Ligaments are bands of tough connective tissue that run from the femur to the tibia and assist in stabilizing the joint. Ligaments run down both the inside (medial) and the outside (lateral) portions of the knee. These are called the collateral ligaments. The collateral ligaments limit sideways motion. The cruciate ligaments cross from the inside (medial) aspect of the knee and run to the outside (lateral) aspect of the knee. The anterior cruciate ligament (ACL) will limit rotation and forward motion of the tibia. When the ACL is damaged, it is replaced during ACL Reconstruction. The posterior cruciate ligament (PCL) is located just behind the ACL limits backward motion of the tibia.
ACL reconstruction will rebuild the damaged ligament in the center of the knee joint. Failure to treat a torn ACL can lead to further tissue damage and early arthritis.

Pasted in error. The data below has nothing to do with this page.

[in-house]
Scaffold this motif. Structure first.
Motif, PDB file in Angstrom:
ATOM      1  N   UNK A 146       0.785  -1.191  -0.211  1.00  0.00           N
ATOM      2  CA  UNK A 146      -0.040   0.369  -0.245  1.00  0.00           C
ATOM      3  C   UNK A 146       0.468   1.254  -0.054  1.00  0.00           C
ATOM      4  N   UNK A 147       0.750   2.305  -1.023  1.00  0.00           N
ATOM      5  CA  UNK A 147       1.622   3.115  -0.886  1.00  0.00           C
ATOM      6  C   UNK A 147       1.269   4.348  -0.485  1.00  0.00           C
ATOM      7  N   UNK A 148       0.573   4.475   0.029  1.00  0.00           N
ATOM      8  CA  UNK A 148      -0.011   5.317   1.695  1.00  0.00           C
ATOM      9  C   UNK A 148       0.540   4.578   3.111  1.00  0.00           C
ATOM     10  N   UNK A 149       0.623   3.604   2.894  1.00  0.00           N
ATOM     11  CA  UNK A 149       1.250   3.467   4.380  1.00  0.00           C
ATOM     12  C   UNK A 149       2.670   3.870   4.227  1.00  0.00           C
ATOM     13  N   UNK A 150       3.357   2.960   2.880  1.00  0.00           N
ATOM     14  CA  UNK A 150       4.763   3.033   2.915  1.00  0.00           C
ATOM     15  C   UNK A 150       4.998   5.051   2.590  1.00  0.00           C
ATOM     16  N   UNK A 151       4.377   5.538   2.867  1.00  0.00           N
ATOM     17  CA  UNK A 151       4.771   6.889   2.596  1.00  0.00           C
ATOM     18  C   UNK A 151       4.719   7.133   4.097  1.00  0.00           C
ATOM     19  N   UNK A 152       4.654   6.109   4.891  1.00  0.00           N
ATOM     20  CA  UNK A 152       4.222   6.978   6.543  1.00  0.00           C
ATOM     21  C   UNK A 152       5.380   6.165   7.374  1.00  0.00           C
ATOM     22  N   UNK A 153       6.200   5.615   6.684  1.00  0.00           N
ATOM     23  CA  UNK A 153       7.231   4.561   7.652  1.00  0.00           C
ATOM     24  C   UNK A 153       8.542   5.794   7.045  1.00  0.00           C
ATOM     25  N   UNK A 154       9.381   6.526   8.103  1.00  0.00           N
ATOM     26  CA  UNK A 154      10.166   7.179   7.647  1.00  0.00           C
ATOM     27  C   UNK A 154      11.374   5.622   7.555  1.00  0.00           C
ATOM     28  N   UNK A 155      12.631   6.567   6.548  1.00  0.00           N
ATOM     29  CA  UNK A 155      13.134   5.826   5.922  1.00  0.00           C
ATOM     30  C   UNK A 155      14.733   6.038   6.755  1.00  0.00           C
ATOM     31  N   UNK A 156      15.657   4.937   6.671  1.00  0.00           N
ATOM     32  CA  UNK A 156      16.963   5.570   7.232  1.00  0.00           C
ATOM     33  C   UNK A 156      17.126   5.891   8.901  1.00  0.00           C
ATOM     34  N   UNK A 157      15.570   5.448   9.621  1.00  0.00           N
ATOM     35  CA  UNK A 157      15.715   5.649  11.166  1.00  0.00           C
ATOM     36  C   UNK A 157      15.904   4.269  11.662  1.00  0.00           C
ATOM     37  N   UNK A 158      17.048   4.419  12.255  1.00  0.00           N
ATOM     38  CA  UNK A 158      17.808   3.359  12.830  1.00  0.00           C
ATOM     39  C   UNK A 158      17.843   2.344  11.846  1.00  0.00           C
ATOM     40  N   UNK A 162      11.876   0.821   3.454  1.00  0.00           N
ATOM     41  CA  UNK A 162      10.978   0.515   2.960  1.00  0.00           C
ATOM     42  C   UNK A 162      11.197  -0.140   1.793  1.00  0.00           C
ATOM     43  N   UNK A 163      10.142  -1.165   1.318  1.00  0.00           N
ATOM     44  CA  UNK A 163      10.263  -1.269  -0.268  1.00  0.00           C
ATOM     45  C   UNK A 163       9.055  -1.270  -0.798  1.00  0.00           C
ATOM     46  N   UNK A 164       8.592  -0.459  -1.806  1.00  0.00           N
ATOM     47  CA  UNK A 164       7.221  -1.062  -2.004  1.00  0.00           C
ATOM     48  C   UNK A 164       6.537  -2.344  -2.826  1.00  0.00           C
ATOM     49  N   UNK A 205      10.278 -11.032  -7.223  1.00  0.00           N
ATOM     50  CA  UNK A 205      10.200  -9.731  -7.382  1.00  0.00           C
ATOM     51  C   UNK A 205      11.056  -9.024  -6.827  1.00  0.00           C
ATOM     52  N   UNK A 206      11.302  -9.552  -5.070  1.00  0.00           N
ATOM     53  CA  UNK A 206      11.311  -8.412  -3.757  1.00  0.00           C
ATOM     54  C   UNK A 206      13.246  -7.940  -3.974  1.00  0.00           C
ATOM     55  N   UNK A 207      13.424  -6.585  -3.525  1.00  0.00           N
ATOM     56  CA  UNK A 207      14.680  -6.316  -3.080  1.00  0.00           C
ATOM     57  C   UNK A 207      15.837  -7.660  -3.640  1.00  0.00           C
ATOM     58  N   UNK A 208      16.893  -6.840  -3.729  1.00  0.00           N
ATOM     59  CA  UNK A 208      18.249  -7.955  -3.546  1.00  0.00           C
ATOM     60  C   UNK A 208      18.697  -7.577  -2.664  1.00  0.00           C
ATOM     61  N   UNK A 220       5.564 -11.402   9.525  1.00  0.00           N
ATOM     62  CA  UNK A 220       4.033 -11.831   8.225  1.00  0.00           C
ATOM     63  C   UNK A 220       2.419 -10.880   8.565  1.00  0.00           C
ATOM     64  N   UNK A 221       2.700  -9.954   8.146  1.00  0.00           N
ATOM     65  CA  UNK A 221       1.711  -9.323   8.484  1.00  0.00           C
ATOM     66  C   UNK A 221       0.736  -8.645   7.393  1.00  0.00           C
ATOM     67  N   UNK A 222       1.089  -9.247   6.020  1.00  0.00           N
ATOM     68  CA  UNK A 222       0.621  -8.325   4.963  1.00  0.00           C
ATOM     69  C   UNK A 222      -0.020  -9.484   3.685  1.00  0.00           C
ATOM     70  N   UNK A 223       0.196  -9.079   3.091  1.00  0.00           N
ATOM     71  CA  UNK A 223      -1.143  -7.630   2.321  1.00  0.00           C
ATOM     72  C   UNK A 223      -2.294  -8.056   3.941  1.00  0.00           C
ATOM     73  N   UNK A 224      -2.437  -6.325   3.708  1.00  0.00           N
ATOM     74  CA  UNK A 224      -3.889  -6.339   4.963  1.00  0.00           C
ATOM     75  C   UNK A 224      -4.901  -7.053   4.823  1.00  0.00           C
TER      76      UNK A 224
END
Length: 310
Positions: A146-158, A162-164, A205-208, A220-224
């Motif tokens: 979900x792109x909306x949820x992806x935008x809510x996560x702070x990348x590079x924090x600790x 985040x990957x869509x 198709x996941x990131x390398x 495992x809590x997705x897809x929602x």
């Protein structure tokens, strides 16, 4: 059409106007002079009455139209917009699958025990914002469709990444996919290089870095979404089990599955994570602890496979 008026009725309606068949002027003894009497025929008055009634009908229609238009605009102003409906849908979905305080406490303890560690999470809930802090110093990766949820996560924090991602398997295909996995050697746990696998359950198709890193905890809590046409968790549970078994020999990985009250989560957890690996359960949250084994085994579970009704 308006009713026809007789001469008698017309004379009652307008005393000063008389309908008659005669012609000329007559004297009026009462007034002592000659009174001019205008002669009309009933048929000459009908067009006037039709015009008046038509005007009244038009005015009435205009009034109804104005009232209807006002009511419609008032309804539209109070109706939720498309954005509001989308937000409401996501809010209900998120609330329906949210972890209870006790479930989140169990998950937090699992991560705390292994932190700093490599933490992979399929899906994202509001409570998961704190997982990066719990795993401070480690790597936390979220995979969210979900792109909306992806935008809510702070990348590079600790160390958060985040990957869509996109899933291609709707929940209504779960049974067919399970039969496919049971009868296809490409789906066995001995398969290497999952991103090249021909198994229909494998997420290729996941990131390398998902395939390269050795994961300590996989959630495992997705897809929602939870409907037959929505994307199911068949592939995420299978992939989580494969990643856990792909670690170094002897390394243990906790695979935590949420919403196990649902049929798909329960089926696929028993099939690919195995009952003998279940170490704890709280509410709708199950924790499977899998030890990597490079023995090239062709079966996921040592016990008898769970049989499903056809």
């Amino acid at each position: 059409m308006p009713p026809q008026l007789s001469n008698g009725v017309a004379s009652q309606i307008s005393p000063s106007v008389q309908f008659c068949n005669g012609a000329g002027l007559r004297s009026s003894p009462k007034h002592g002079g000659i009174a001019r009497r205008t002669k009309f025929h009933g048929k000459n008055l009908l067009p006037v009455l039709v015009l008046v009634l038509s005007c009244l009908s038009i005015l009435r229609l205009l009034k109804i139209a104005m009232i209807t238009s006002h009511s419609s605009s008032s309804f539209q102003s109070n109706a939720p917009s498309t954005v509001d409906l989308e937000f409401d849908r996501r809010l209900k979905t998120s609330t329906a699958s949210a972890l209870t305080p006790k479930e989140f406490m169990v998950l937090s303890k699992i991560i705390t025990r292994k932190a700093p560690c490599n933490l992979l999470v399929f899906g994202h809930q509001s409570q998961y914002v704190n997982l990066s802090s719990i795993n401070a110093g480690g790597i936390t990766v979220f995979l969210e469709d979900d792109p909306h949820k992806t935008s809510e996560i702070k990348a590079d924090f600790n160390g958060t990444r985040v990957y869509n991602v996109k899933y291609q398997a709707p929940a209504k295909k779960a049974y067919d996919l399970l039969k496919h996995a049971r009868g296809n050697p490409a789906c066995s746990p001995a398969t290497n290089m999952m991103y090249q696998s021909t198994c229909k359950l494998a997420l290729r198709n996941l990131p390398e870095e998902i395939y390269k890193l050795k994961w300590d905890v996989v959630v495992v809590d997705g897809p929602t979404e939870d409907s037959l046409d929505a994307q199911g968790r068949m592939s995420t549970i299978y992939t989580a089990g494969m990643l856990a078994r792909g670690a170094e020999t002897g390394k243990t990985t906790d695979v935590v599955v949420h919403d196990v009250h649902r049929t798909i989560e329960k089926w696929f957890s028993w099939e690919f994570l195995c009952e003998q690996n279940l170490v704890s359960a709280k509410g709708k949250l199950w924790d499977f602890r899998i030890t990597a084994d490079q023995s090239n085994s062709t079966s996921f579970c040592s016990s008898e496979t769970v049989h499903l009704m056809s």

This procedure is done via knee arthroscopy. This technique utilizes a camera inserted into the knee through a small surgical incision. The other surgical instruments used will also be inserted through small incisions. The surgeon will fix any damage to the other ligaments and then will fix the ACL. The torn ACL will be removed and new tissue will be brought through tunnels in the bone. This new tissue will be in the same location (and serve the same function) as the old ACL. The surgeon will finish the procedure by securing the new ligament to the bone with screws or other devices. As the joint heals, the bone tunnels will fill in, further securing the new ligament. The incisions will be closed with stitches and dress the joint appropriately.
Typically, patients are allowed to return home the same day of their surgery. It is required that the patient wear a knee brace for between 1 and 4 weeks following surgery. During this time, crutches will be used to provide extra stability for the patient. Most people are allowed to move their knee right after surgery. Physical therapy can also be used to help the patient regain motion and strength.